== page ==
Derek Mahon

For those of you who follow such things, the Irish poet, Derek Mahon, died this week. He was 78.  I’ve posted a poem of his before (one that they included in his NY Times obituary, as it happens), but this one if also a favorite, though a very different tone.

Afterlives

(for James Simmons)

          1
I wake in a dark flat
To the soft roar of the world.
Pigeons neck on the white
Roofs as I draw the curtains
And look out over London
Rain-fresh in the morning light.
This is our element, the bright
Reason on which we rely
For the long-term solutions.
The orators yap, and guns
Go off in a back street;
But the faith doesn’t die
That in our time these things
Will amaze the literate children
In their non-sectarian schools
And the dark places be
Ablaze with love and poetry
When the power of good prevails.
What middle-class shits we are
To imagine for one second
That our privileged ideals
Are divine wisdom, and the dim
Forms that kneel at noon
In the city not ourselves.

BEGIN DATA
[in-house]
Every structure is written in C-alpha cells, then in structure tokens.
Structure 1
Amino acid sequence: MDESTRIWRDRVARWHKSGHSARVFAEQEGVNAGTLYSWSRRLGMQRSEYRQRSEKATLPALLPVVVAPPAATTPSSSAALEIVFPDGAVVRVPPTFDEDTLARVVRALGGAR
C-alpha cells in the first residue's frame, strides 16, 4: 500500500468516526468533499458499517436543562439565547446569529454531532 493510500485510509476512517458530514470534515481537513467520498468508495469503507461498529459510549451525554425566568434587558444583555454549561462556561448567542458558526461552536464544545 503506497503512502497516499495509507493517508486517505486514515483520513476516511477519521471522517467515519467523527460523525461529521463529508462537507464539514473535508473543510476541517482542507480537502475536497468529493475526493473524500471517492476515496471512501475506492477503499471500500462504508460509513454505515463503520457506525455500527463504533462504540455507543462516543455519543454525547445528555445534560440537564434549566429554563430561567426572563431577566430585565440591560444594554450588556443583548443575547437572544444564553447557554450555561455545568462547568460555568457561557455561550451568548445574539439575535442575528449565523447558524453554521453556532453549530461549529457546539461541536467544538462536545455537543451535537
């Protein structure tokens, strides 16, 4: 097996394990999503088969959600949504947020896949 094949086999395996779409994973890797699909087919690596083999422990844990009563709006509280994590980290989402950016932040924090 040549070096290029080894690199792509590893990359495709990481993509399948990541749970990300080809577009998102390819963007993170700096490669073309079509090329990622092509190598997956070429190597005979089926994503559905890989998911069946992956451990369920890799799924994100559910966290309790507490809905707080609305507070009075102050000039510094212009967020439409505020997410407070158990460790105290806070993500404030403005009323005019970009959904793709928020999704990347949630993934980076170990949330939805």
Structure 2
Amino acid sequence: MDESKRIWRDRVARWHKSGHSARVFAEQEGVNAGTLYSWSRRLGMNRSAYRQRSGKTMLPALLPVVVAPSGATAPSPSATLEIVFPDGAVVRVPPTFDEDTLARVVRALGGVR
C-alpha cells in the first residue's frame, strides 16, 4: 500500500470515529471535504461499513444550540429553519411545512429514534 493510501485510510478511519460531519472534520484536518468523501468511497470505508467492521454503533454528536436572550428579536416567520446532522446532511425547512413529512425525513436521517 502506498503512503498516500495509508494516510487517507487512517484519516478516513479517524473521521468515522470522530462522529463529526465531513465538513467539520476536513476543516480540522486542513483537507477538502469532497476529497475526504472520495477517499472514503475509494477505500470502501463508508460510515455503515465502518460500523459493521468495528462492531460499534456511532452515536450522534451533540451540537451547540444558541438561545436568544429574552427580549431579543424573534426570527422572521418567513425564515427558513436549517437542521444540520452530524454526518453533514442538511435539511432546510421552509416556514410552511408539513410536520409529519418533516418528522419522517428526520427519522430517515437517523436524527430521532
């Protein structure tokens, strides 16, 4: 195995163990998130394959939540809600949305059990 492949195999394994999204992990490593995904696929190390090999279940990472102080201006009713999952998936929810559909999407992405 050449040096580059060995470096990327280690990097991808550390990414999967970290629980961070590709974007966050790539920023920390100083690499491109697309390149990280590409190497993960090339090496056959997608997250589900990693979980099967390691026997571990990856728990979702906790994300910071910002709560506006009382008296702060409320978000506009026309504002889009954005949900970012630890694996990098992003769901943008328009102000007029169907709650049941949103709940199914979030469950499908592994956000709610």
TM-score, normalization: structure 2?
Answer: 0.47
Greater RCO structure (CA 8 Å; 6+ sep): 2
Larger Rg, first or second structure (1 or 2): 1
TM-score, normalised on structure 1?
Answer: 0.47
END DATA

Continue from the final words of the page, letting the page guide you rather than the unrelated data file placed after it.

2
I am going home by sea
For the first time in years.
Somebody thumbs a guitar
On the dark deck, while a gull
Dreams at the masthead,
The moon-splashed waves exult.
At dawn the ship trembles, turns
In a wide arc to back
Shuddering up the grey lough
Past lightship and buoy,
Slipway and dry dock
Where a naked bulb burns;
And I step ashore in a fine rain
To a city so changed
By five years of war
I scarcely recognize
The places I grew up in,
The faces that try to explain.
But the hills are still the same
Grey-blue above Belfast.
Perhaps if I’d stayed behind
And lived it bomb by bomb
I might have grown up at last
And learnt what is meant by home.
Derek Mahon

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